Linked by Thom Holwerda on Tue 10th May 2016 09:29 UTC
In the News

Ghost in the Shell is the product of and response to decades of physical erasure and technological alienation. It's pop cultural fallout, a delicately layered croissant of appropriation upon appropriation. It's as timely as ever, but it feels wildly inappropriate for an American studio and the British director of Snow White and the Huntsman to pick it up and sell it back to us. At the same time, Japan and the US have been stealing and selling images to each other for decades, and the result hasn't always been awful. I would still argue, though, that the knotty history that leads to Motoko Kusanagi will be lost in translation. This isn't The Matrix or Pacific Rim, this isn't just a look and a vibe being lifted. This is the entire history of Japan's relationship with itself, the US and technology, and without that, you're left with nothing but an empty prosthesis.

Beautifully written analysis of the Ghost in the Shell casting issue, by Emily Yoshida.

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Cultural appropriation is not a problem
by TheMole on Tue 10th May 2016 10:12 UTC
TheMole
Member since:
2015-10-28

A truly multicultural society can only come about by creating a melting pot of all aspects from all cultures around the world. Being protective of one aspect, claiming it as your own creates an artificial boundary that effectively serves to maintain the separation of cultures, emphasizing the "us-and-them" thinking that lies at the root of all racism.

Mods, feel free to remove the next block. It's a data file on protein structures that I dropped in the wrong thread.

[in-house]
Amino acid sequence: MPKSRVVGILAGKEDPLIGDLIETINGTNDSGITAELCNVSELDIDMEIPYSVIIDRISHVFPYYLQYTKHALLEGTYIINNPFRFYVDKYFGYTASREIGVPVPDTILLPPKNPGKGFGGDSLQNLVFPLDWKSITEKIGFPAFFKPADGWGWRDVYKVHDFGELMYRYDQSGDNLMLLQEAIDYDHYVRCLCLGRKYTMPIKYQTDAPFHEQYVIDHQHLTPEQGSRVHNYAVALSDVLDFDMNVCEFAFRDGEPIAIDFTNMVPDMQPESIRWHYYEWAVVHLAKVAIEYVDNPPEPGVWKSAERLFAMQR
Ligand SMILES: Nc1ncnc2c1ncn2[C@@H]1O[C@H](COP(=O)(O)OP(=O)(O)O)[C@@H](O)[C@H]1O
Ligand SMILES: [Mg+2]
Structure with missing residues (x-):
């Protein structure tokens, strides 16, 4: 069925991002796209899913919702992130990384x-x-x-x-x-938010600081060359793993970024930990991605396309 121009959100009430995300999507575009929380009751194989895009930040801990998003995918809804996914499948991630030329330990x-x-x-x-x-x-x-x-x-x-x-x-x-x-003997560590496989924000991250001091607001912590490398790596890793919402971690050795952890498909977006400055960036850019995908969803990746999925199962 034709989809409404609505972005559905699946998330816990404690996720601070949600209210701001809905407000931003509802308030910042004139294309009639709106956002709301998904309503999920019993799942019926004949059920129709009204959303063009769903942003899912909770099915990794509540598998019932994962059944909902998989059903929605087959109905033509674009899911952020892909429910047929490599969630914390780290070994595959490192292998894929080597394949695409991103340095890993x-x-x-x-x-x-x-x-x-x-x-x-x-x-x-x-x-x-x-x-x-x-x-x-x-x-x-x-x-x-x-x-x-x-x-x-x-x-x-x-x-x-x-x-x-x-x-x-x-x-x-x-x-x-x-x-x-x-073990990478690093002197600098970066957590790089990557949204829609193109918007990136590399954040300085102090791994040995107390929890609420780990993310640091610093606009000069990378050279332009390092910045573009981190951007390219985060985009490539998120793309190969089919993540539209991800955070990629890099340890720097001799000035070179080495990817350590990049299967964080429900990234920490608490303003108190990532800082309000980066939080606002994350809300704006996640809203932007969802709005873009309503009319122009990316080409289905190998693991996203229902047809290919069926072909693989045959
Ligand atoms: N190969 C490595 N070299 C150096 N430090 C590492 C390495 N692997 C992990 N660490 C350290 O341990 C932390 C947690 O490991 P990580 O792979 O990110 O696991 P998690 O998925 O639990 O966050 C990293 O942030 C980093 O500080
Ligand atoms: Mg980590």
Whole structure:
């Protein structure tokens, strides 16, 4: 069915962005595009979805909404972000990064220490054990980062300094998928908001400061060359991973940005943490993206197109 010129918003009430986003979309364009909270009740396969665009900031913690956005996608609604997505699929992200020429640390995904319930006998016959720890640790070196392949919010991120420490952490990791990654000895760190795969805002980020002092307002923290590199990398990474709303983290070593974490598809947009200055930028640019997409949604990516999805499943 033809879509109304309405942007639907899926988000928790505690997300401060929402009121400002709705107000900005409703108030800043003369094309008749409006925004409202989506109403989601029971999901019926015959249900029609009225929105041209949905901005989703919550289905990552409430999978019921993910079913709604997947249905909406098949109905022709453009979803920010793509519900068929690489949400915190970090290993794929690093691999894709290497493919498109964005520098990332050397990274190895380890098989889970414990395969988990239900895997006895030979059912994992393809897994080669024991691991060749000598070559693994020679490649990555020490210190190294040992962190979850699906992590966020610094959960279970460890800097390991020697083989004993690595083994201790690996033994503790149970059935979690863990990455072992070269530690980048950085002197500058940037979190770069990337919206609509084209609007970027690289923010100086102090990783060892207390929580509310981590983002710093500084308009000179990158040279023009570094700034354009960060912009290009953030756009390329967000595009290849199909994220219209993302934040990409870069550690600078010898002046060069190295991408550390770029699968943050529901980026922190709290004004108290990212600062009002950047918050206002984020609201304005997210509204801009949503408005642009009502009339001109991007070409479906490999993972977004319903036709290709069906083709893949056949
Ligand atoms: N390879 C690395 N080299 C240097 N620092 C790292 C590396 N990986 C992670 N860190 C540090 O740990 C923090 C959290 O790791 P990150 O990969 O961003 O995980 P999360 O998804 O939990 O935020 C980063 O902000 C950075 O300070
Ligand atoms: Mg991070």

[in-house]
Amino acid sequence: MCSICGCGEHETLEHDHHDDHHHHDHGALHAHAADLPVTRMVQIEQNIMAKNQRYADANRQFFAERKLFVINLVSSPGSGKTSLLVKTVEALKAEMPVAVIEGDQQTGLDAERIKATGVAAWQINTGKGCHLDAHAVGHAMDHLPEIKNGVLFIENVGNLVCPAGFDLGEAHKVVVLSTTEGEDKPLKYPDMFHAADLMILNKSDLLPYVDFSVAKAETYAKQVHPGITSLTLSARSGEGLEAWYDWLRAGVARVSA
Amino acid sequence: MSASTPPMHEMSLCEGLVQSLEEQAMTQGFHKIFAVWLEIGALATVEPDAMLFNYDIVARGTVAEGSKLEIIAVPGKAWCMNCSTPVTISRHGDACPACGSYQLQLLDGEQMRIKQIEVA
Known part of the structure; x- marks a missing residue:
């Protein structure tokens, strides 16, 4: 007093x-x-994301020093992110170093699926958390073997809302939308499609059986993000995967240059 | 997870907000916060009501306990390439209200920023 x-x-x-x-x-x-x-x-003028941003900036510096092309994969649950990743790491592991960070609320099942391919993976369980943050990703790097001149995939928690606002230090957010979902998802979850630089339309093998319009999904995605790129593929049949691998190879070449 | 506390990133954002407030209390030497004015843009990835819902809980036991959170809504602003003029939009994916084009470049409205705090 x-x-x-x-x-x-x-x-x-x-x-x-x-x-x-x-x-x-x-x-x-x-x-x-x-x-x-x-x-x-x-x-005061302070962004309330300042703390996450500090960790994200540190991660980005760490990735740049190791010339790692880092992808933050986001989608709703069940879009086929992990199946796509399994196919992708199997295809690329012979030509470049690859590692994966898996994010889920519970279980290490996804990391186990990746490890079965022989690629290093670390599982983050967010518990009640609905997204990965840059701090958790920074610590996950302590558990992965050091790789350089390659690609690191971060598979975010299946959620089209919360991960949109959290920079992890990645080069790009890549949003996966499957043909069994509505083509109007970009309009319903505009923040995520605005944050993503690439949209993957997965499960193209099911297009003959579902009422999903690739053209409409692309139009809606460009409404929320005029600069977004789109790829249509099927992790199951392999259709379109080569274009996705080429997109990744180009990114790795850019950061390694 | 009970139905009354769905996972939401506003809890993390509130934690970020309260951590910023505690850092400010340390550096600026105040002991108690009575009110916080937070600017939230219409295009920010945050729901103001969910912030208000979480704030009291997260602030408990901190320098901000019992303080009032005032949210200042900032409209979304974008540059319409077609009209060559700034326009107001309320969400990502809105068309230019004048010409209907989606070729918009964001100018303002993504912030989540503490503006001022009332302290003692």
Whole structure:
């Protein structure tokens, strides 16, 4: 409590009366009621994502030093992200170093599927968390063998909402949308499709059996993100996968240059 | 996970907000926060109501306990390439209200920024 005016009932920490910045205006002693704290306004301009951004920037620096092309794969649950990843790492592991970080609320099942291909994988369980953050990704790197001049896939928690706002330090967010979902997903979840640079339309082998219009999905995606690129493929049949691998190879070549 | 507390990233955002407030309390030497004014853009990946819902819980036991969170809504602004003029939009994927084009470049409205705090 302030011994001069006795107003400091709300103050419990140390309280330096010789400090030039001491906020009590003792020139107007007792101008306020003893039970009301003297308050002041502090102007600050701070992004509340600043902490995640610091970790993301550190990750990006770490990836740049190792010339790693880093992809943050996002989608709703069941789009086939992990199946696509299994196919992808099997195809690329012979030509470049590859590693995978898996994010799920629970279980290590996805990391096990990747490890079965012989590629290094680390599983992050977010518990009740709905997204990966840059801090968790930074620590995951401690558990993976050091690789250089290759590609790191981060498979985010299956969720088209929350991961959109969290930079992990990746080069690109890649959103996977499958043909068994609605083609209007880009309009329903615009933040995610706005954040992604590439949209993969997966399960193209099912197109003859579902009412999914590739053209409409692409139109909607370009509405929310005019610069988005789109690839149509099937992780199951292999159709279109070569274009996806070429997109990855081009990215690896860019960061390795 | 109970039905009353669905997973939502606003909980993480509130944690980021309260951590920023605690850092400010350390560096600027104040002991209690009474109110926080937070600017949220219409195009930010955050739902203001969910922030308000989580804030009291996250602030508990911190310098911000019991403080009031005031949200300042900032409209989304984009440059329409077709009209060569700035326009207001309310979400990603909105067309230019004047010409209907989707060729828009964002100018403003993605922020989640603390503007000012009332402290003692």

An American version of Ghost in the Shell will inevitably be different from a Japanese version, but that's a good thing. Infusing an inherently Japanese story with American culture, re-casting the story from an American perspective at least has the chance of adding something new and fresh to the world. Merely telling the same story, from the same perspective in a different medium is an fairly useless exercise in comparison.

Will it be better than the original? Knowing the quality of what comes out of Hollywood these days, I highly doubt it. But that's for the market to decide, there's absolutely no reason why political correctness needs to get in the way of how the British director wants to tell this particular story, even if that results in an inferior product.

Lastly, culture evolves over time. Hanging on to a particular piece of your culture, and demanding that others 'keep their filthy mittens away from it' is not going to stop that from happening, no matter how emotionally significant that one era or aspect of culture might be to you.

Reply Score: 10

judgen Member since:
2006-07-12

Are there any advantages of multiculturalism? Documented attempts of such a system undoubtedly shows that monoculture and homogeniation is more advantageous.

Reply Score: 0

teco.sb Member since:
2014-05-08

Are there any advantages of multiculturalism?

I would posit there are advantages and disadvantages, which does nothing more than make it different.